Call for Abstracts: The Psychology of Heritage Places
Please consider this unique opportunity, below, to participate in solidifying a new field of study.
Accepted papers will be published in a special collection in Collabra: Psychology, a refereed journal from the University of California Press. These papers will be open access (available to anyone over the Internet, free of charge) to an international audience. Even if you have never considered publishing on a topic related to environmental psychology, there is a wide range of possible paper types, and the opportunity to completely define new theoretical and research directions from the unique perspective of an ICH scholar.
The Psychology of Heritage Places
THE PSYCHOLOGY OF HERITAGE PLACES
Addressing a Neglected Area in Environmental Psychology
Second call for abstracts — special Collabra: Psychology research nexus
Abstract submission deadline: August 30, 2019
The problem: Psychologists (and their proponents) do not appear interested in built heritage
Attention from psychologists in people-historic environment contexts is minimal. Regardless of the authors’ disciplines, scholarly articles, chapters, and books that address built heritage from a social science perspective fail to use methods from environmental and/or social psychology. In sum, with few exceptions, there is no representation from psychology in the social science literature that addresses built heritage. (Some of these exceptions are Ahn , Askari, Dola, and Soltani , Herzog and Gale ; Herzog and Shier , Levi , Uzzell , Wells and Baldwin , and Wells .) This special research nexus is therefore a call to action for researchers interested in validating the psychology of heritage places as an acceptable and needed area of research.
Why a psychological perspective on built heritage?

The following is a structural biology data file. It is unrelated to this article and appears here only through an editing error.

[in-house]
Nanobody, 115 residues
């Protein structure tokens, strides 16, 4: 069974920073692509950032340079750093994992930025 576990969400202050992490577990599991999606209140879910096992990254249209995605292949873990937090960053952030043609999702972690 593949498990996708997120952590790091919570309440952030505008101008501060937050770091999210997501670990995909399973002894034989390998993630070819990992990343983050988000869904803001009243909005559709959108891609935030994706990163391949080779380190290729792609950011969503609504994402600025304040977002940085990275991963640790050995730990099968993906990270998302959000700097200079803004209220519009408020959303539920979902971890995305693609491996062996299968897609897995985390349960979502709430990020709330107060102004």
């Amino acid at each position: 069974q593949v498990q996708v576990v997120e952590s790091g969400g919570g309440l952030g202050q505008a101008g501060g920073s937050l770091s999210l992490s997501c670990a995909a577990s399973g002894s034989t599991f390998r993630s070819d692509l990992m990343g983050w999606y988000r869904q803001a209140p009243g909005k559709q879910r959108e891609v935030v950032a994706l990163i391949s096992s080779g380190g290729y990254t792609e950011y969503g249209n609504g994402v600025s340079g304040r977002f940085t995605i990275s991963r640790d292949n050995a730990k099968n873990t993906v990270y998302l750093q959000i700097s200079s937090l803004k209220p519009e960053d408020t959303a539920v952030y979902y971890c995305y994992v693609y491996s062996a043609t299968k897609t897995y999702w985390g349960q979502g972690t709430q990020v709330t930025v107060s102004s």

Environmental psychologists care about how the design of new buildings and places impact people and their behavior, but for some reason have overlooked the study of heritage environments. Or, in a more critical sense, psychologists have long neglected a normal part of everyday human experience. Traditionally understood to be closely associated with the fields of design, architecture, and history, built heritage conservation is increasingly being reconceptualized as a social science endeavor, especially through the rise of what has become known as “critical heritage studies” (Harrison 2013; Smith 2006; Winter 2013).
What are the fundamental characteristics that define research in the psychology of heritage places?
For the purposes of this special collection, submitted papers need to consider these
How you can contribute to this research nexus
All papers are welcome that address the historic environment and psychological perspectives in some way. While submissions from trained psychologists are especially encouraged, there is no disciplinary requirement. Authors from other disciplines should approach their work through methodological and/or theoretical approaches from social and/or environmental psychology. Specific suggestions for areas that papers could address include:
How to submit an abstract proposal for a paper
All interested authors should first submit a 300-word abstract by August 30, 2019 that proposes one the following types of papers: original research report, review article, perspective/opinion article, or a registered report. Because of the current paucity of research in this area, registered reports are especially encouraged because they focus on proposed, rather than completed, research. For more details, see https://www.collabra.org/about/submissions/.
Authors should email their abstract with their full name, contact information, and institutional affiliation to Jeremy C. Wells (firstname.lastname@example.org) with “Collabra: Psychology abstract” in the message subject. Successful authors will be invited to submit a full paper that will then undergo the normal peer review process for the journal.